Modeling of interactions between vascular endothelial growth factor family members and their receptors KDR and Flt-1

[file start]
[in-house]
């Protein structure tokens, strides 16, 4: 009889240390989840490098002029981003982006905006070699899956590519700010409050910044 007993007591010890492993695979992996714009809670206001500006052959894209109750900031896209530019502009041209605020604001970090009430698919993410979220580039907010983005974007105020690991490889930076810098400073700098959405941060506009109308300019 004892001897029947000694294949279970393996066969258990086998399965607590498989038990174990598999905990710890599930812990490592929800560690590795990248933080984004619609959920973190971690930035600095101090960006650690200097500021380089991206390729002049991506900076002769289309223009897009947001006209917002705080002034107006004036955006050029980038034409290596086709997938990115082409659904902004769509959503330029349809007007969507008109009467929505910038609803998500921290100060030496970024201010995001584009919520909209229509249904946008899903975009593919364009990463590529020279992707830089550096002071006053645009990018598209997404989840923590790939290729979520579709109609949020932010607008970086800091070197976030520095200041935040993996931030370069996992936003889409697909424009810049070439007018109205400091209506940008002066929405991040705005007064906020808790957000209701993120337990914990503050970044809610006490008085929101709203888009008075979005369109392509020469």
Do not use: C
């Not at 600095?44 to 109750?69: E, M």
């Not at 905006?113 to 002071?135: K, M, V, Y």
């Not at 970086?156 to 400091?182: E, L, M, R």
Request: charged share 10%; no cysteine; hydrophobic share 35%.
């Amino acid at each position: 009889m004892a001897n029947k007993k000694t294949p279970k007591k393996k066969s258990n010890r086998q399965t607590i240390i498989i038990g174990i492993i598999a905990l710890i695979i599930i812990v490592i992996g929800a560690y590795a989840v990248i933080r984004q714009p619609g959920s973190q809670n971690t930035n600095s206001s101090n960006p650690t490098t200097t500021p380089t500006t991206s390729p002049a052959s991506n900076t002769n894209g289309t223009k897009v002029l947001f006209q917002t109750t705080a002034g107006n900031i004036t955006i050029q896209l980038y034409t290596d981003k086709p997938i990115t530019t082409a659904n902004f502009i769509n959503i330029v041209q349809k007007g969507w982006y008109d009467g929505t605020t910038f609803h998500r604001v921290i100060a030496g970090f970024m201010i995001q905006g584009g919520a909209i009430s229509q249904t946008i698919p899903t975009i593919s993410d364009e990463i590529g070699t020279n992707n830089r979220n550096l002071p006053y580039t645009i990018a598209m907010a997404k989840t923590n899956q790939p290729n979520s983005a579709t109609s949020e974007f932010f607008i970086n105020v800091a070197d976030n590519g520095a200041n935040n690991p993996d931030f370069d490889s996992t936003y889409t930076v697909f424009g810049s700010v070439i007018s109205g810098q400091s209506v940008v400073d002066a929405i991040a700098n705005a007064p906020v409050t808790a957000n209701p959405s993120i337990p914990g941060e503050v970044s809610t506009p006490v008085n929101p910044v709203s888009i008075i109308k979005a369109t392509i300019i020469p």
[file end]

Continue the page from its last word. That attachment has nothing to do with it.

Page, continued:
The vascular endothelial growth factor (VEGF) family is prominently involved in angiogenesis, the formation of new vasculature. Overexpression has been linked to pathological conditions including solid tumor growth. Responses to VEGF are mediated by Flt-1 and KDR, two cell-surface receptors selectively expressed by vascular endothelial cells. A secreted form of Flt-1 (sFlt1) retains high affinity for VEGF and can compete for VEGF binding, thereby inhibiting angiogenic responses. In this study, a computational model of this ligand-receptor binding system is used to quantitatively describe the activation of KDR signaling by VEGF and its inhibition by sFlt-1. The model consists of a system of 12 ordinary differential equations, based on mass action kinetics, which describe, based on mass-action kinetics, the formation and disappearance of receptor-ligand complexes competent to transduce a VEGF signal. Cell-based assays were used to test predictions of the in silico model by measuring dynamics of 1) KDR tyrosine hosphorylation and 2) generation of intracellular second messengers in response to VEGF stimulation in the presence and absence of sFlt-1. Results indicate that the model predicts well the maximal activation in the presence of VEGF-A or the KDR-selective agonist VEGF-E. Subsequent characteristics of binding, such as time-to-peak activations, were less realistically modeled, suggesting that the mathematical descriptions of certain receptor fates (receptor internalization, sequestration or externalization) may need refinement. Also presented are the results of KDR activation experiments in the simultaneous presence of VEGF-A, sFlt1, and the Flt1-selective agonist placental growth factor (PlGF). Here, the model predicts accurately the percentage of inhibition of maximal activation when sFlt-1 is present in the system. Finally, a revised model that includes receptor heterodimerization is presented that suggests sFlt-1 can more effectively inhibit VEGF binding and activation when acting in a dominant negative fashion. Overall, the findings support the idea that the early events in VEGF signaling can be modeled successfully. A natural extension of the model, refined based on experimental testing, will be its application to normal physiological systems.